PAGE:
Natural disasters are worsening under climate change. We need to better protect those fleeing their damage.

In 2014, an incredible 19 million people were forced to leave their homes in over 100 countries for reasons linked to natural disasters. This amounts to one person per second. Despite this though, these migrants are not afforded the same protections as refugees.

These numbers will most likely worsen as climate change progresses. In addition to the impacts on land and environment, one of its major consequences is going to be, and indeed already is, significant displacement of people as their home states become unable to support their populations as there is growth in the severity and frequency of natural disasters.

People displaced by disasters are not generally seen as refugees under the 1951 Convention relating to the Status of Refugees – according to Article 1(A)(2) of the Convention, an individual must have a ‘well-founded fear of persecution’ because of their race, religion, nationality, membership of a particular social group or political opinion.

As Professor Jane McAdam has noted, this combines with ‘inconsistent or ad hoc’ policy responses by states, leading to ‘protection gaps’ for disaster-displaced people. As such, protections for disaster-displaced people need to be strengthened and clarified.

An added challenge in protecting people displaced by natural disasters is that they will not necessarily be seeking refuge because of the disaster itself. Rather the drought, hurricane, bushfire, or whatever the disaster may be, is one factor that may exacerbate or influence other problems already in existence.

Issues with both the supply and quality housing in overpopulated developing nations, for example, will be worsened by increased extreme weather events and the damage those cause existing infrastructure. Food shortages will increase, as rising sea levels change the make-up of soil and the water table, making growing the necessary volume and variety of food even more difficult in some areas. Longer and more extreme droughts will wipe out crops, while increased flooding and bushfires will damage farmland.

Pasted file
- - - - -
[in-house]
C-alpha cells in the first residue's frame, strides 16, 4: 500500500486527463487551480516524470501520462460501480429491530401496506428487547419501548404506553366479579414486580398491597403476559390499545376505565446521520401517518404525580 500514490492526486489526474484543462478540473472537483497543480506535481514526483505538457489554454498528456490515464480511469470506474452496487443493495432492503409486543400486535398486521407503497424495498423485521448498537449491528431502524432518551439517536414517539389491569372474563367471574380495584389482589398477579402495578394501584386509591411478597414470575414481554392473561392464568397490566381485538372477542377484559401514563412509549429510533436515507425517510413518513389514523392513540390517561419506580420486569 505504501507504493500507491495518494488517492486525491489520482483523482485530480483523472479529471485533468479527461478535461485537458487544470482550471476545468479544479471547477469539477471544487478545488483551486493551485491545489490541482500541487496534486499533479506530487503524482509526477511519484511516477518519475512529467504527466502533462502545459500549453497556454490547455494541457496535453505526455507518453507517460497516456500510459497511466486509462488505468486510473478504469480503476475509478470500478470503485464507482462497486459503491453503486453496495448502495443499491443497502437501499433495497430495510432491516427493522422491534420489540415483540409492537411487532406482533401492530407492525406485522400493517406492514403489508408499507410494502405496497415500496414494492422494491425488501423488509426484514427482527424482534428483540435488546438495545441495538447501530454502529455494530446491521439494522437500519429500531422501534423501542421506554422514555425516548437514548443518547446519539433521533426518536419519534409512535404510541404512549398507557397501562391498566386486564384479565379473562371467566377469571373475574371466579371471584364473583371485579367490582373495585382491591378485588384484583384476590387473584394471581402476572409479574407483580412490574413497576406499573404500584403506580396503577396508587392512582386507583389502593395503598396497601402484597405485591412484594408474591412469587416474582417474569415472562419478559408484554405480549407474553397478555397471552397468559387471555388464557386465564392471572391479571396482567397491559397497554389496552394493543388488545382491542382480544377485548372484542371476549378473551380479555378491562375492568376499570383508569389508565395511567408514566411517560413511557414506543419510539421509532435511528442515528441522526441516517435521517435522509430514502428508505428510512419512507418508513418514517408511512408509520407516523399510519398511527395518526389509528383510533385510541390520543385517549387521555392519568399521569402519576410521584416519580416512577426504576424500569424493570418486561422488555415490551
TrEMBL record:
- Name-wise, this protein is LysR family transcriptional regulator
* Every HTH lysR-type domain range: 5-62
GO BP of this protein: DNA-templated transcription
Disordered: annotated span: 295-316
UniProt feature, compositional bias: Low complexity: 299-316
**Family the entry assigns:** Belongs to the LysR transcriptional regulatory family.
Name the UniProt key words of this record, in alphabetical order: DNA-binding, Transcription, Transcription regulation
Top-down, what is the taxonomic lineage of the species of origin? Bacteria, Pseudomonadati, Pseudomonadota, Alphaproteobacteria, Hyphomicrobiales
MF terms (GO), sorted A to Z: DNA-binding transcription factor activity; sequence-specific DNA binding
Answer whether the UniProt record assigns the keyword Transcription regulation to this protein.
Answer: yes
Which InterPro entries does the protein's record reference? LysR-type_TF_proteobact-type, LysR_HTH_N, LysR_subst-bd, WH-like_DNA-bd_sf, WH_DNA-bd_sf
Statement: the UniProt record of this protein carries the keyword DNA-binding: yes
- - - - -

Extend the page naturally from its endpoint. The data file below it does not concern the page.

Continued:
The reasons for seeking refuge will often not be because of new phenomenon, but because climate change has worsened these historical problems. Where people fleeing their homes stand in terms of their rights to protection is, therefore, unclear.

Some individual nations and international groups are already responding to the need for better protections and assistance for the growing numbers of disaster-displaced people. Some countries are enacting domestic policies that acknowledge the impact of increased natural disasters on migration, and the need to protect those displaced by their effects.

In the USA, for example, temporary protection visas allow for those seeking refuge after environmental disasters, provided that they come from a country that the Homeland Security Secretary has designated as a Temporary Protected Status state. This can occur is if there has been an earthquake, flood, drought, epidemic, or other environmental disaster that makes the state temporarily unable to accept the return of its nationals, and the state has requested TPS designation.

In Australia, seasonal working visa schemes in Australia allow for priority to be given to applicants fleeing disaster-hit islands. The scheme intends to encourage economic development in Pacific Island States. Workers remitting money to their home states can help mitigate the effect of the natural disaster on their island's economy. Giving preference to such workers thus helps meet the goals of the scheme, making it permissible to focus on migrants fleeing environmental disasters.

Internationally, soft law is also quickly developing in this area. The Sendai Framework for Disaster Risk Reduction 2015–2030 acknowledged, for the first time, that disaster displacement is a factor that states must consider in their migration policies.

The Paris Agreement (2016), too, recognised that displaced people are going to be a major consequence of climate change. While there are complaints that the Agreement does not do enough in responding to this issue, as it does not mandate the status or legal protections and assistance afforded to disaster-displaced people, there is still possible future benefit in having acknowledgment of the issue.

While these actions do not amount to substantial tangible protections for disaster-displaced people yet, they provide hope that such safeguards may exist in the near future.

 

The author, Hannah Wootton, was the Human Rights Defender Student Editor for semester two, 2017. Read other articles from The Student Voice.

 

Picture: Henry Donati/Department for International Development